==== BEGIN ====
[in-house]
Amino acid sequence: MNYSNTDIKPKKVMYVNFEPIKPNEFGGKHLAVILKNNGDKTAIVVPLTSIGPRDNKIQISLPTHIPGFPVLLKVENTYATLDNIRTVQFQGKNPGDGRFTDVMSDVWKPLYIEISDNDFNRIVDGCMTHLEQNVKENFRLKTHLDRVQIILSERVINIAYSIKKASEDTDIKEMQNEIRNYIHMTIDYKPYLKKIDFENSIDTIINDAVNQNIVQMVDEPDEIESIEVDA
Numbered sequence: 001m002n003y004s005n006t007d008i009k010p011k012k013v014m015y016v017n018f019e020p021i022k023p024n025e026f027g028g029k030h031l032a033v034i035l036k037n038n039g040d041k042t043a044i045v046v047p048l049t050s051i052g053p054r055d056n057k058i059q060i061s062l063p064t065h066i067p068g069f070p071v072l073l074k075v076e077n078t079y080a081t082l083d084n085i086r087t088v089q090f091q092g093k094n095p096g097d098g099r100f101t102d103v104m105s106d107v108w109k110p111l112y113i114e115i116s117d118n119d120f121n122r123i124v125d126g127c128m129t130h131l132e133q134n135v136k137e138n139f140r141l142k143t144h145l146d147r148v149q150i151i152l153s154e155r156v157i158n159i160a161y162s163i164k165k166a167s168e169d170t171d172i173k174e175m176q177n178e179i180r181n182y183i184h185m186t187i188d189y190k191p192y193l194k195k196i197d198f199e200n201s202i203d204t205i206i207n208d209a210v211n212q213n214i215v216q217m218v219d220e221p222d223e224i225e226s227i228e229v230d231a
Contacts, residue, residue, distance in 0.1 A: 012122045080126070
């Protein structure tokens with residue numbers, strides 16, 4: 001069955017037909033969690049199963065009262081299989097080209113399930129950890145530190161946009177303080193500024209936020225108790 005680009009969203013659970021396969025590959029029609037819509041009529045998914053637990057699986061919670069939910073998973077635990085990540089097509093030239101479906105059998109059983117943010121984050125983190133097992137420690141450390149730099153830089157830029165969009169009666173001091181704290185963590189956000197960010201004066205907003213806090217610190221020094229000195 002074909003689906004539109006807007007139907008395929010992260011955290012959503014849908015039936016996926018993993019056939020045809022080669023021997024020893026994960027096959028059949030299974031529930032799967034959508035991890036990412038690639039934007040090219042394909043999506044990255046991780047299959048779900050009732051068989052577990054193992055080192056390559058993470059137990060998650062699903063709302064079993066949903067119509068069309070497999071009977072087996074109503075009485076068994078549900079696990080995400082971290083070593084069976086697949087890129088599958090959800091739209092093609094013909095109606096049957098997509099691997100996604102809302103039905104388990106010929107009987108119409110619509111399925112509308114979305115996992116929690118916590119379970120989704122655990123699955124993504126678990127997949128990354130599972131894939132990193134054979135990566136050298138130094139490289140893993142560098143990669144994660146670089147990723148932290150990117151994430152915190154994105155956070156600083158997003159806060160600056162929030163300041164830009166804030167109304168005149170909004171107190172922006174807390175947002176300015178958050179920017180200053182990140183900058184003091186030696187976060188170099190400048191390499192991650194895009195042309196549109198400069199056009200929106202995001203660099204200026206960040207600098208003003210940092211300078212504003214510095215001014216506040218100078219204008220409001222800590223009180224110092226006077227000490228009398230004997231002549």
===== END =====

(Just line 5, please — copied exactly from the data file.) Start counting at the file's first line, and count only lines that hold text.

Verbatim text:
């Protein structure tokens with residue numbers, strides 16, 4: 001069955017037909033969690049199963065009262081299989097080209113399930129950890145530190161946009177303080193500024209936020225108790 005680009009969203013659970021396969025590959029029609037819509041009529045998914053637990057699986061919670069939910073998973077635990085990540089097509093030239101479906105059998109059983117943010121984050125983190133097992137420690141450390149730099153830089157830029165969009169009666173001091181704290185963590189956000197960010201004066205907003213806090217610190221020094229000195 002074909003689906004539109006807007007139907008395929010992260011955290012959503014849908015039936016996926018993993019056939020045809022080669023021997024020893026994960027096959028059949030299974031529930032799967034959508035991890036990412038690639039934007040090219042394909043999506044990255046991780047299959048779900050009732051068989052577990054193992055080192056390559058993470059137990060998650062699903063709302064079993066949903067119509068069309070497999071009977072087996074109503075009485076068994078549900079696990080995400082971290083070593084069976086697949087890129088599958090959800091739209092093609094013909095109606096049957098997509099691997100996604102809302103039905104388990106010929107009987108119409110619509111399925112509308114979305115996992116929690118916590119379970120989704122655990123699955124993504126678990127997949128990354130599972131894939132990193134054979135990566136050298138130094139490289140893993142560098143990669144994660146670089147990723148932290150990117151994430152915190154994105155956070156600083158997003159806060160600056162929030163300041164830009166804030167109304168005149170909004171107190172922006174807390175947002176300015178958050179920017180200053182990140183900058184003091186030696187976060188170099190400048191390499192991650194895009195042309196549109198400069199056009200929106202995001203660099204200026206960040207600098208003003210940092211300078212504003214510095215001014216506040218100078219204008220409001222800590223009180224110092226006077227000490228009398230004997231002549």